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NEWS | Aug. 6, 2015

The Power of Praise

By CMSgt. Mark Bronson 628th ABW

8/5/2015 - JOINT BASE CHARLESTON, SC -- Recently my Commander and I were asked to go to a civilian agency to present certificates of appreciation. The certificates were being given to employees who had traveled from another base to help with renovations at JB Charleston.  As I inquired more about why the employees were being recognized, it seemed to me that, while they had performed well, they had done what they were paid to do.  The "award" was a certificate the manager created and packaged in a nice folder to present to the employees.  Again, I was trying to understand why we were making a big deal about the service the employees provided, so I inquired a little further.  The manager stressed their great attitudes, how efficiently they completed their tasks and the knowledge they brought to the project.  It was starting to make a little more sense to me but I still didn't completely understand.

We walked to a small office in the back of the building. With the local staff around the periphery of the office and the "on loan" employees along the back wall, the manager began to speak.  She thanked the awardees for their commitment and dedication to the project. She emphasized that without these individuals the project would not have been completed as quickly, efficiently or smoothly as it had been done.  She called the first person forward to receive her certificate.  The typical "grip and grin" photo opportunity took place but then something happened I hadn't expected.  Tears started to flow from the eyes of the award recipient.  The next employee came forward with the same results.  I looked around the room and saw the flood of emotions from the permanent employees and those that were receiving recognition that day, almost all of them were crying. You see, they had poured their heart and soul into this project. They worked extra hard to do it right, quickly and with a great attitude. Being recognized for their efforts meant the world to them.  There were several minutes of crying and hugging with the "on loan" employees saying "thank you" over and over again.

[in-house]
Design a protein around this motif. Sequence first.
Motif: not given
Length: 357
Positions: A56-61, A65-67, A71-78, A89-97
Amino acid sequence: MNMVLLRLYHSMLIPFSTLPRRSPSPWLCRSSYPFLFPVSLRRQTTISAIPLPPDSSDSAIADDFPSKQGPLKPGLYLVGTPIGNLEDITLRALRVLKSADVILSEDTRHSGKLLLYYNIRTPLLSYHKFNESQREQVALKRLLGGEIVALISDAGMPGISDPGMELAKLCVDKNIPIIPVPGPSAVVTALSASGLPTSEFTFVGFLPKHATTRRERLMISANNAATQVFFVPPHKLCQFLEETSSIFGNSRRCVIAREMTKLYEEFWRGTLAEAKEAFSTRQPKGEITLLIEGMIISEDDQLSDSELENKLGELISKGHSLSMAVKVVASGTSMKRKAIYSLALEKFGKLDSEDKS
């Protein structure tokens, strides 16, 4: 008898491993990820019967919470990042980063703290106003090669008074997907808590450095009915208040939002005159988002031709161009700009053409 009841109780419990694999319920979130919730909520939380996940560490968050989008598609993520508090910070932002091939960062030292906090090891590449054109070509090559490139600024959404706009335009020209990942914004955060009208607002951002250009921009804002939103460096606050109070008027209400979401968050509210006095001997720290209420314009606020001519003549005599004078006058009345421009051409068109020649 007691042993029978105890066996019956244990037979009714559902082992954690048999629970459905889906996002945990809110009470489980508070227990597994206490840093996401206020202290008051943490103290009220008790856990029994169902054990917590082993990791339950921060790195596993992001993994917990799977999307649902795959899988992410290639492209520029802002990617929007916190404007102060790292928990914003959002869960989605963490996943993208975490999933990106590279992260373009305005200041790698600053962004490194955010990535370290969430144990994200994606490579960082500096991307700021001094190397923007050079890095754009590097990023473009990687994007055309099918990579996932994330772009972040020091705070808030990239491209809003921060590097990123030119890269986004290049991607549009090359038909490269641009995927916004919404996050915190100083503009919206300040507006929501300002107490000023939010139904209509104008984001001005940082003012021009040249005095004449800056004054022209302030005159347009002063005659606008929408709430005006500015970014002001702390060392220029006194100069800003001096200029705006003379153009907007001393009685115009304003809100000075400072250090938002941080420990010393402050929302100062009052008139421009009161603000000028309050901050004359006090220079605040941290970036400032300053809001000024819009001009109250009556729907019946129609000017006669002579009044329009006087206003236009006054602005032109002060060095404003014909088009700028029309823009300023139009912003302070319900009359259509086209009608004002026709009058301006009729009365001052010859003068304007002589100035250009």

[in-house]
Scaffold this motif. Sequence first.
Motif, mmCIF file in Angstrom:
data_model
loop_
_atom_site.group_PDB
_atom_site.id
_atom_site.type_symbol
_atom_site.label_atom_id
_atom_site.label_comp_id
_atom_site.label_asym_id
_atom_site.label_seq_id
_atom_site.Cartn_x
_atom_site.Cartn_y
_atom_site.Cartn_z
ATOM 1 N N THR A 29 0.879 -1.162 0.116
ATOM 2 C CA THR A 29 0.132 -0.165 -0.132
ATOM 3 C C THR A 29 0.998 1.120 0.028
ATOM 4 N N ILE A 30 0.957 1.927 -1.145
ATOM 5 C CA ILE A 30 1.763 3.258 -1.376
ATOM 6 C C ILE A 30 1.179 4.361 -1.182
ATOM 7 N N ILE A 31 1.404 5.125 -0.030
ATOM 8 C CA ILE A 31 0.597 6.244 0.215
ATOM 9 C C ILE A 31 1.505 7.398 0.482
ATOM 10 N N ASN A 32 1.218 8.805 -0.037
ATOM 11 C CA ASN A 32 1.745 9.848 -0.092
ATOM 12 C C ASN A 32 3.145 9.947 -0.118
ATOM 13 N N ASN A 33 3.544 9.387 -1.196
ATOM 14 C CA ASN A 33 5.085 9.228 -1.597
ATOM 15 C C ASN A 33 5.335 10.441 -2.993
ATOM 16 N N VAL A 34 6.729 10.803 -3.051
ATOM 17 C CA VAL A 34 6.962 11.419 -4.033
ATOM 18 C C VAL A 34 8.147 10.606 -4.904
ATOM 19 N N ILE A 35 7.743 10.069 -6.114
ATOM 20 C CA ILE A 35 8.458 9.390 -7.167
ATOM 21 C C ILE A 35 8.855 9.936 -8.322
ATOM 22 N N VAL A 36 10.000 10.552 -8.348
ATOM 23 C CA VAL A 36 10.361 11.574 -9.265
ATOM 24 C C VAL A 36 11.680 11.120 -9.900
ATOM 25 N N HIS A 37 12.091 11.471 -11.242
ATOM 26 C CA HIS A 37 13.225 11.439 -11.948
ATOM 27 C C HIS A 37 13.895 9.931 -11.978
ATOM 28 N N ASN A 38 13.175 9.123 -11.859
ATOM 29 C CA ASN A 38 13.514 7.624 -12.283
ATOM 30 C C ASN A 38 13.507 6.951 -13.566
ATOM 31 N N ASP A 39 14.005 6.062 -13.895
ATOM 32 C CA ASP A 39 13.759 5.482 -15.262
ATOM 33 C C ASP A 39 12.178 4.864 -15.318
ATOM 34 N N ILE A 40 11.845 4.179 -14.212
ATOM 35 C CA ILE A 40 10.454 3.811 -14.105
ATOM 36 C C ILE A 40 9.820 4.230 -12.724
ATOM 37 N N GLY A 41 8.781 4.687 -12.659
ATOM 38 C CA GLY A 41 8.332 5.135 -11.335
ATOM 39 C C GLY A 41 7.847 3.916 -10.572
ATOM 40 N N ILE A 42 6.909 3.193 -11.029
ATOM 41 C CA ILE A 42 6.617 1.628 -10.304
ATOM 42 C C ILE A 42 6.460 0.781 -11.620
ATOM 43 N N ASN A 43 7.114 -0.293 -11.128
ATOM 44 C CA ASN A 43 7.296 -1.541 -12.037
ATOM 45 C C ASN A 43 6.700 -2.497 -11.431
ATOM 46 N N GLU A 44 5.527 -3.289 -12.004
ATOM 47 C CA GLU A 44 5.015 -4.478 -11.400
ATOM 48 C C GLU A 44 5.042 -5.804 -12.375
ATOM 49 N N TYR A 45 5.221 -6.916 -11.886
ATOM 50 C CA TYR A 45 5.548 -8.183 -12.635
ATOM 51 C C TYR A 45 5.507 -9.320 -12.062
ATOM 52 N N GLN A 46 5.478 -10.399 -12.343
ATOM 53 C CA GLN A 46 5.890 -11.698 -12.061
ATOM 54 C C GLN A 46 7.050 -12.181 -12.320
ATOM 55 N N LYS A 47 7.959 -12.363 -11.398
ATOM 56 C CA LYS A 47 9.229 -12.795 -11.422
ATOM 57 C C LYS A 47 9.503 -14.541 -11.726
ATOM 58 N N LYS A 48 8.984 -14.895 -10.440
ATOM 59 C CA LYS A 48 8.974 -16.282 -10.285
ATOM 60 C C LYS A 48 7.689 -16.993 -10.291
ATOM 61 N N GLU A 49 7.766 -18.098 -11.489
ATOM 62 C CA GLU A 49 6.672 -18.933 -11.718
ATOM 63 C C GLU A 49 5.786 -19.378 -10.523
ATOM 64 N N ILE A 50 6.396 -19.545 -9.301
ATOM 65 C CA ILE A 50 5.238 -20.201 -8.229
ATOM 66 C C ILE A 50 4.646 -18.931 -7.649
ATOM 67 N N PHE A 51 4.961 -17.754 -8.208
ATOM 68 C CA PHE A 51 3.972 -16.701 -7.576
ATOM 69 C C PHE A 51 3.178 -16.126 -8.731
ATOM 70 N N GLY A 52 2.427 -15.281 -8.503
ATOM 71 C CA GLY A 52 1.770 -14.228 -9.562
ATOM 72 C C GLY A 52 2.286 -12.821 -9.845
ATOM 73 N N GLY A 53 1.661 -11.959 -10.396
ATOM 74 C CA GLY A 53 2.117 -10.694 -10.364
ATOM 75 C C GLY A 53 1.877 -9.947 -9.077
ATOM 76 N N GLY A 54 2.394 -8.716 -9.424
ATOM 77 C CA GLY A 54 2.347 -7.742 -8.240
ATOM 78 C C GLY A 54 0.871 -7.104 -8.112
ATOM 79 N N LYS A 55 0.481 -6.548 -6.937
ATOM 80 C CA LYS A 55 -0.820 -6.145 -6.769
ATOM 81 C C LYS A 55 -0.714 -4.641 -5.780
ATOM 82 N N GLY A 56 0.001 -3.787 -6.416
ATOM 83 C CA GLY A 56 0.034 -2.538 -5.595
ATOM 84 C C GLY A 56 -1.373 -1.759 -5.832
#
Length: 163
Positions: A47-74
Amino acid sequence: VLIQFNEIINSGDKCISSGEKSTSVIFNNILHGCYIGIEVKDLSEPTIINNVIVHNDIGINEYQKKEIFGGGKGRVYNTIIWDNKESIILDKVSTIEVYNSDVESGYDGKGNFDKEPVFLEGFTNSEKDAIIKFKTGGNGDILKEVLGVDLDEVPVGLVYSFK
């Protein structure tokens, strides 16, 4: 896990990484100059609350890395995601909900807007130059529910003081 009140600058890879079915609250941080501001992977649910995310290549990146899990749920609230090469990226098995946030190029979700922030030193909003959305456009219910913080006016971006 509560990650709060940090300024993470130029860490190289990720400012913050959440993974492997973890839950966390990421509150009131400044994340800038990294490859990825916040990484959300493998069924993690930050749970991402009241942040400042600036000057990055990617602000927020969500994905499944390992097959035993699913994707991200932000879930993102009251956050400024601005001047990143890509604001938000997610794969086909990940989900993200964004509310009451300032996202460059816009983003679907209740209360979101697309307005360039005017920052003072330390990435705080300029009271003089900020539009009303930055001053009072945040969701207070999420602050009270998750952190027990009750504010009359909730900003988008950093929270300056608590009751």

A lesson I had learned a long time ago was reinforced in that moment.  A small note of thanks, a pat on the back or a more formal form of recognition goes a long way when someone has done an extraordinary job.  At a training course I attended last year, an example was given that validated this principle.  A large company spent a lot of money to research what made their employees happy.  The first year every employee completed a 50 question survey, the next year 25 questions and then 10 the next.  After several years of investigation and questionnaires, the results indicated employee motivation boiled down to one thing.  No it wasn't money or promotions, although those are certainly motivators.  Employee satisfaction was highest when they had a strong sense that what they do is important. Did their work have value and are they valued for doing that work?  Such a simple thing yet, sometimes it gets neglected.

I understand at every level we are busier than we have ever been. However, I issue this challenge to you.  Seek out opportunities to praise or thank someone.  It can be via an e-mail, a written note, a special coin, a pat on the back or a more official avenue such as submitting them for an award.  Whatever the method, I guarantee those you serve will appreciate it and be more motivated.